We compared the expression levels of MAWD and MAWBP proteins in the TMA that contained 223 GC samples and adjacent normal tissues. GC tissues showed faint or negative MAWD and MAWBP expression. Representative IHC staining is shown in Fig. 1a. The rate of positive MAWD expression in gastric tumor tissues was 75/223 (32.2 %), which was lower than that in normal samples (51/86; 59.3 %) (Table 1). MAWBP showed the same expression pattern as MAWD did. The positivity rate of MAWBP in gastric tumor tissues was 62/223 (26.6 %), whereas it was 50/81 (61.7 %) in normal tissues (Table 1) (Fig. 1a). MAWD and MAWBP expression displayed statistically significant correlation (P < 0.001) (Table 2).
Fig. 1

Comparison of MAWBP, MAWD, TGF-beta, E-cadherin, and PGC expression in GC and normal tissues by using IHC. (a) Comparison of MAWBP and MAWD expression in GC and normal tissues by means of TMA and IHC analysis (100×; 400× in the lower right corner). Weak MAWBP (a) and MAWD (b) protein staining in poorly differentiated carcinoma; expression of MAWBP (c) and MAWD (d) in intestinal metaplasia; strong positive staining of MAWBP (e) and MAWD (f) in normal tissues (P < 0.001). (b) Kaplan–Meier analysis of overall survival in GC patients expressing different levels of MAWBP and MAWD. (a) Green and blue lines represent the survival curves of patients expressing high and low levels of MAWBP (P < 0.05). (b) Green and blue lines represent the survival curves of patients expressing MAWD at high and low levels (P < 0.05). (c) Combined MAWBP and MAWD expression for analysis of overall survival; prognosis was better for patients who expressed high levels of MAWBP and MAWD than for patients who expressed the proteins at low levels (P < 0.05). (c) Comparison of TGF-beta, E-cadherin, and PGC expression in GC and normal tissues by using TMA and IHC analysis (100×; 400× in the lower right corner). Weak TGF-beta (a), E-cadherin (b), and PGC (c) protein staining in poorly differentiated carcinoma; staining for TGF-beta (d), E-cadherin (e), and PGC (f) in intestinal metaplasia; strong positive staining for TGF-beta (g), E-cadherin (h), and PGC (i) in normal tissues (P < 0.05)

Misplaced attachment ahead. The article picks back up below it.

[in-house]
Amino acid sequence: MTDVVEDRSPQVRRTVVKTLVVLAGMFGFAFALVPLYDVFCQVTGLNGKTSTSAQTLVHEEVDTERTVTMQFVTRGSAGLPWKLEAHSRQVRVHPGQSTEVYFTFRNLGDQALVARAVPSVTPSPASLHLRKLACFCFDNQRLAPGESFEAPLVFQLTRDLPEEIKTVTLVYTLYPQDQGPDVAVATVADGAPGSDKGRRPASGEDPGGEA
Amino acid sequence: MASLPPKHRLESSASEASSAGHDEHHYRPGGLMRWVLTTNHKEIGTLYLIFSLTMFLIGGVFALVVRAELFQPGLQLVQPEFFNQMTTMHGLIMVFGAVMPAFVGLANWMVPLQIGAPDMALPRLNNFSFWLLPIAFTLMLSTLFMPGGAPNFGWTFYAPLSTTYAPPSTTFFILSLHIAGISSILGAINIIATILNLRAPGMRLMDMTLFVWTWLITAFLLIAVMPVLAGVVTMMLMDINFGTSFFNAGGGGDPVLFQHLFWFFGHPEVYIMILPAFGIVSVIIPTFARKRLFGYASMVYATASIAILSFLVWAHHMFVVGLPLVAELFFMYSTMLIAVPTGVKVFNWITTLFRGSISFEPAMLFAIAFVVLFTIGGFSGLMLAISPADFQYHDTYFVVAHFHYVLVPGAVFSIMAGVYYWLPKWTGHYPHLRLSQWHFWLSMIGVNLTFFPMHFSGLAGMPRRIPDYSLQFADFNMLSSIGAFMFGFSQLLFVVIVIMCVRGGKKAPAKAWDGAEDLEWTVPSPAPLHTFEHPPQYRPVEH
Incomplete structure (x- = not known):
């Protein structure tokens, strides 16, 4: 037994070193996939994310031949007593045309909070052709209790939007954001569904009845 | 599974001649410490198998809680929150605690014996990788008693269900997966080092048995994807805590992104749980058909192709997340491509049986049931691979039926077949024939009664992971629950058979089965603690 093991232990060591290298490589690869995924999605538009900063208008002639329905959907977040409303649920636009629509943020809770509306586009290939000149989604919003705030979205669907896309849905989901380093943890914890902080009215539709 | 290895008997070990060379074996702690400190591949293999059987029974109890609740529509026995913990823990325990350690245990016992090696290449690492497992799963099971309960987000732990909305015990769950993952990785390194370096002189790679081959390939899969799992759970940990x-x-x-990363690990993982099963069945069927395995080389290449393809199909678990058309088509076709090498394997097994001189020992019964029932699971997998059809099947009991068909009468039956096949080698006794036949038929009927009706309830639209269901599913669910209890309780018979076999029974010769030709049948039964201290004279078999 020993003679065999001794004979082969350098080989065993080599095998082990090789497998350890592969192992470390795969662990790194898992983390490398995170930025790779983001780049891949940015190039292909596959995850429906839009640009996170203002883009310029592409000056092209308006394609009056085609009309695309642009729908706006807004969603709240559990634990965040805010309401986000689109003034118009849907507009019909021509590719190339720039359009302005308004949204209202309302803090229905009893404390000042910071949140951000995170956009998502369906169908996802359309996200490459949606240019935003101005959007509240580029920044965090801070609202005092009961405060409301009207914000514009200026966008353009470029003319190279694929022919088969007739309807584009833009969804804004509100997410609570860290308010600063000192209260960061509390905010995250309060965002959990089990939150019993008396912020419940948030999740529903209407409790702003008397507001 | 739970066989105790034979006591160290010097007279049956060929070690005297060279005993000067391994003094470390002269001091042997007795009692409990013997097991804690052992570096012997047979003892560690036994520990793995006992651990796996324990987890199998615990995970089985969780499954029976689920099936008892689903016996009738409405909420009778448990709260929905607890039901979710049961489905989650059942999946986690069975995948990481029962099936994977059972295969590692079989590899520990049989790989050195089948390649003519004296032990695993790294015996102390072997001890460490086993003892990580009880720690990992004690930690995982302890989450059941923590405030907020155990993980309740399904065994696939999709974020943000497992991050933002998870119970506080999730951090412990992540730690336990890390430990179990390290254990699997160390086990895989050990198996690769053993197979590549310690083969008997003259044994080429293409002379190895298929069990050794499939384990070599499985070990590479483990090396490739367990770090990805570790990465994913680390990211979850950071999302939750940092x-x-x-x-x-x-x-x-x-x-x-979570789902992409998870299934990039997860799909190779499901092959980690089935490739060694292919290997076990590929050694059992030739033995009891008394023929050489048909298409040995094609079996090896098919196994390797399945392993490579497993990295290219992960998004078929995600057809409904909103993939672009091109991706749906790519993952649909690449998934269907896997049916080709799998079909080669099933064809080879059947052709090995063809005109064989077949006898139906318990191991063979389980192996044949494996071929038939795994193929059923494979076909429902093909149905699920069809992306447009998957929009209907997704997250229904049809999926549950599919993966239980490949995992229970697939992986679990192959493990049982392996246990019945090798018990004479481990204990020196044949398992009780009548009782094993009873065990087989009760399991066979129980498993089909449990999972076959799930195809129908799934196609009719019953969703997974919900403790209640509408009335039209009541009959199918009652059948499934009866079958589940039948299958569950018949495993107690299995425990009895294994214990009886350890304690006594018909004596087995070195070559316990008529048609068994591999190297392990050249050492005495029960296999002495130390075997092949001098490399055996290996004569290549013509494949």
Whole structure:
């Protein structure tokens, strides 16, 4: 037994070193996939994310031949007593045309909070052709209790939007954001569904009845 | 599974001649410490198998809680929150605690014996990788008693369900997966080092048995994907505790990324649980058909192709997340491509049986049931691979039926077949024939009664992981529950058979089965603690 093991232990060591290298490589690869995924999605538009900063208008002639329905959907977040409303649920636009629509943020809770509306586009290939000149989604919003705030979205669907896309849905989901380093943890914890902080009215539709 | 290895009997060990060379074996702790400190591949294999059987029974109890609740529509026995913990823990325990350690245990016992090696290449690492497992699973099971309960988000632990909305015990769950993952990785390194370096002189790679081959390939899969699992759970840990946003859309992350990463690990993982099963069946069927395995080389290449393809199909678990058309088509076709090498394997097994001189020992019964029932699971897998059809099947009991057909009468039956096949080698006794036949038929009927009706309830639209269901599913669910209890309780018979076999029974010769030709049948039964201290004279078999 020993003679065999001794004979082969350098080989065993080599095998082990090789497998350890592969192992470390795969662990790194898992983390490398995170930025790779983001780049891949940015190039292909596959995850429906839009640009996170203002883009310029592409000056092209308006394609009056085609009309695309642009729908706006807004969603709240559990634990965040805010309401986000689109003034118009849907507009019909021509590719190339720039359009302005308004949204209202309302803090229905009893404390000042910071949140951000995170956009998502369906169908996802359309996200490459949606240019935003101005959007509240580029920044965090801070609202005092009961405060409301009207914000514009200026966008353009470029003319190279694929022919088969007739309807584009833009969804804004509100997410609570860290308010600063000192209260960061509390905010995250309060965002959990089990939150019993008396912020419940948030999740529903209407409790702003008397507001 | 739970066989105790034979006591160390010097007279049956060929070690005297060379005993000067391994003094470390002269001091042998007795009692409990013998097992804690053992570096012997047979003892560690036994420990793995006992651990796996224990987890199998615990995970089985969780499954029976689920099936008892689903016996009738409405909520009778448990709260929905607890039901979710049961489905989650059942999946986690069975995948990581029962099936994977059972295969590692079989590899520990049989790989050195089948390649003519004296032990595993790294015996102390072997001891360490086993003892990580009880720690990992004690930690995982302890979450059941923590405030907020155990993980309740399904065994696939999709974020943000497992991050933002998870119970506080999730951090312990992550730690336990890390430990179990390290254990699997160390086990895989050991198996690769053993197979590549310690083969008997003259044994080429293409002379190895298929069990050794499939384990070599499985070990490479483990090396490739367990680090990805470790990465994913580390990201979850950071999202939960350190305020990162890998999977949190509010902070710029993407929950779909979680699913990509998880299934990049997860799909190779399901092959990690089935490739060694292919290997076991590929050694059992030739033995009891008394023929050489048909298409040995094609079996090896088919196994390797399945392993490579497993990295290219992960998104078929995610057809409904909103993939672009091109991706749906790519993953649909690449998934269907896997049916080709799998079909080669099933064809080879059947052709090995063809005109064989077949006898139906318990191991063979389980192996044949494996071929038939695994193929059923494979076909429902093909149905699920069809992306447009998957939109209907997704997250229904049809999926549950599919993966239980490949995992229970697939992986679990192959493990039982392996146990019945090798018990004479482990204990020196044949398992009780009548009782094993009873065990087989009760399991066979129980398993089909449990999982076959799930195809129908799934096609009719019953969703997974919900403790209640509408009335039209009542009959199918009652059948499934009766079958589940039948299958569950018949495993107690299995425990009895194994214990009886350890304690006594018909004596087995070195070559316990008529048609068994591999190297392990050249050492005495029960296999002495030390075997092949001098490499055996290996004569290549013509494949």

Table 1

Comparison of MAWBP, MAWD, TGF-beta, E-cadherin, and PGC protein expression in GC and normal tissues

 

Expression

 

Protein

Tumor

Normal

P-value

(% positive)

(% positive)

MAWBP

62/223 (26.6)

50/81 (61.7)

<0.001

MAWD

75/223 (32.2)

51/86 (59.3)

<0.001

TGF-beta

105/223 (47.1)

54/87 (62.1)

0.012

E-cadherin

95/223 (42.6)

66/95 (69.5)

<0.001

PGC

86/223 (38.6)

72/100 (72)

<0.001

Table 2

Correlation of MAWBP and MAWD expression in GC

 

Expression

MAWBP

Protein

Positive (%)

Negative (%)

P-value

MAWD

Positive

32/215 (14.9)

42/215 (19.5)

0.001

 

Negative

26/215 (12.1)

115/215 (53.5)

 

Further examination of the samples revealed that well-differentiated cancers tended to show uniform MAWD and MAWBP expression. The Kaplan–Meier survival curve indicated that prognosis was better for patients who expressed MAWD and MAWBP at high levels than for patients who expressed the proteins at low levels (P < 0.05) (Fig. 1b). These data suggest that analysis of the expression of both MAWD and MAWBP should provide useful information and might enhance the identification of differentiation grade and prognosis in patients.

Correlation of TGF-beta, E-cadherin, and PGC protein expression with MAWD and MAWBP in GC tumors

Given the clear relationship between MAWD and MAWBP expression and differentiation and the correlation of their expression with TGF-beta signaling, we performed TMA analysis for TGF-beta, E-cadherin, and PGC, which are GC differentiation-related proteins (Fig. 1c). The positive staining rates for these differentiation-related proteins in tumor and normal tissues were, respectively, the following (Table 1): TGF-beta, 105/223 (47.1 %) and 54/87 (62.1 %) (P < 0.05); E-cadherin, 95/223 (42.6 %) and 66/95 (69.5 %) (P < 0.001); and PGC, 86/223 (38.6 %) and 72/100 (72 %) (P < 0.001).

Relationship analysis revealed that MAWD and MAWBP expression was significantly correlated with the expression of TGF-beta (P < 0.001) and E-cadherin (P < 0.05) (Tables 3, 4). The results of Spearman rho test indicated the expression levels of MAWBP, MAWD, TGF-beta, and E-cadherin were correlated with each other (P < 0.05), and that the expression of E-cadherin was correlated with that of PGC (P < 0.001) (Table 5). Table 6 presents a summary of our analysis of patient clinicopathologic characteristics in relation to the expression level of each of the aforementioned proteins.
Table 3

Correlation of MAWD expression with TGF-beta, E-cadherin, and PGC expression in GC

 

Expression

MAWD

Protein

Positive (%)

Negative (%)

P-value

TGF-beta

Positive

49/209 (23.4)

52/209 (24.9)

<0.001

 

Negative

24/209 (11.5)

84/209 (40.2)

 

E-cadherin

Positive

37/200 (18.5)

49/208 (23.6)

0.039

 

Negative

33/200 (13.9)

81/200 (40.5)

 

PGC

Positive

35/218 (16.5)

48/218 (22)

0.45

 

Negative

39/218 (17.9)

96/218 (44)

 
Table 4

Correlation of MAWBP expression with TGF-beta, E-cadherin, and PGC expression in GC

 

Expression

MAWBP

Protein